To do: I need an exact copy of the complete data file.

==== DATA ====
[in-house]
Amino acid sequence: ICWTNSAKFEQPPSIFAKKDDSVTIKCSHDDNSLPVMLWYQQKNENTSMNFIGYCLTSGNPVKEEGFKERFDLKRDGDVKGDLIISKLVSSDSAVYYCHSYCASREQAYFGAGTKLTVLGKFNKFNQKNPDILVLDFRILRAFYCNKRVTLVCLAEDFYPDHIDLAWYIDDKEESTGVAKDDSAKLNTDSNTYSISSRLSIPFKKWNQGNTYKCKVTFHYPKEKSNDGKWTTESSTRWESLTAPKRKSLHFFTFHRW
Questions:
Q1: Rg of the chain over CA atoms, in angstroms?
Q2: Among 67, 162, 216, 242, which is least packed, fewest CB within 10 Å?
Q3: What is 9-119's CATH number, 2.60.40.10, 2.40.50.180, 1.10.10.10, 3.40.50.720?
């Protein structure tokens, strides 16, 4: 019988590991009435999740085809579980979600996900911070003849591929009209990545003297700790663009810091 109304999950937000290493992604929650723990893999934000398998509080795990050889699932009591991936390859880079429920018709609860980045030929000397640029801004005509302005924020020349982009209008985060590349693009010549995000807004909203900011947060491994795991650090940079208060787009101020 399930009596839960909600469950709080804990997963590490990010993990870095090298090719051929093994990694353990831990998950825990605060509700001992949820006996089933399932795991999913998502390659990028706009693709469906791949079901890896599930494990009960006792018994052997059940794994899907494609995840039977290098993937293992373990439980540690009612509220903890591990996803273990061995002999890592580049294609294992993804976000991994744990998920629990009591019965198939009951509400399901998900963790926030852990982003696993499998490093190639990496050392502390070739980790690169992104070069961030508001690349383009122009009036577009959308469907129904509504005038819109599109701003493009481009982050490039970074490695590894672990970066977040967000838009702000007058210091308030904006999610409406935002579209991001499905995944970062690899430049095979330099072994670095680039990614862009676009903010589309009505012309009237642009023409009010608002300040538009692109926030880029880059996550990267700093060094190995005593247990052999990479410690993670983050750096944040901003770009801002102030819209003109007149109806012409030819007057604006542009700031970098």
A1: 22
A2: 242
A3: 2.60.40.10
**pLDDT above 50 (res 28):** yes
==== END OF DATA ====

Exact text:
[in-house]
Amino acid sequence: ICWTNSAKFEQPPSIFAKKDDSVTIKCSHDDNSLPVMLWYQQKNENTSMNFIGYCLTSGNPVKEEGFKERFDLKRDGDVKGDLIISKLVSSDSAVYYCHSYCASREQAYFGAGTKLTVLGKFNKFNQKNPDILVLDFRILRAFYCNKRVTLVCLAEDFYPDHIDLAWYIDDKEESTGVAKDDSAKLNTDSNTYSISSRLSIPFKKWNQGNTYKCKVTFHYPKEKSNDGKWTTESSTRWESLTAPKRKSLHFFTFHRW
Questions:
Q1: Rg of the chain over CA atoms, in angstroms?
Q2: Among 67, 162, 216, 242, which is least packed, fewest CB within 10 Å?
Q3: What is 9-119's CATH number, 2.60.40.10, 2.40.50.180, 1.10.10.10, 3.40.50.720?
């Protein structure tokens, strides 16, 4: 019988590991009435999740085809579980979600996900911070003849591929009209990545003297700790663009810091 109304999950937000290493992604929650723990893999934000398998509080795990050889699932009591991936390859880079429920018709609860980045030929000397640029801004005509302005924020020349982009209008985060590349693009010549995000807004909203900011947060491994795991650090940079208060787009101020 399930009596839960909600469950709080804990997963590490990010993990870095090298090719051929093994990694353990831990998950825990605060509700001992949820006996089933399932795991999913998502390659990028706009693709469906791949079901890896599930494990009960006792018994052997059940794994899907494609995840039977290098993937293992373990439980540690009612509220903890591990996803273990061995002999890592580049294609294992993804976000991994744990998920629990009591019965198939009951509400399901998900963790926030852990982003696993499998490093190639990496050392502390070739980790690169992104070069961030508001690349383009122009009036577009959308469907129904509504005038819109599109701003493009481009982050490039970074490695590894672990970066977040967000838009702000007058210091308030904006999610409406935002579209991001499905995944970062690899430049095979330099072994670095680039990614862009676009903010589309009505012309009237642009023409009010608002300040538009692109926030880029880059996550990267700093060094190995005593247990052999990479410690993670983050750096944040901003770009801002102030819209003109007149109806012409030819007057604006542009700031970098």
A1: 22
A2: 242
A3: 2.60.40.10
**pLDDT above 50 (res 28):** yes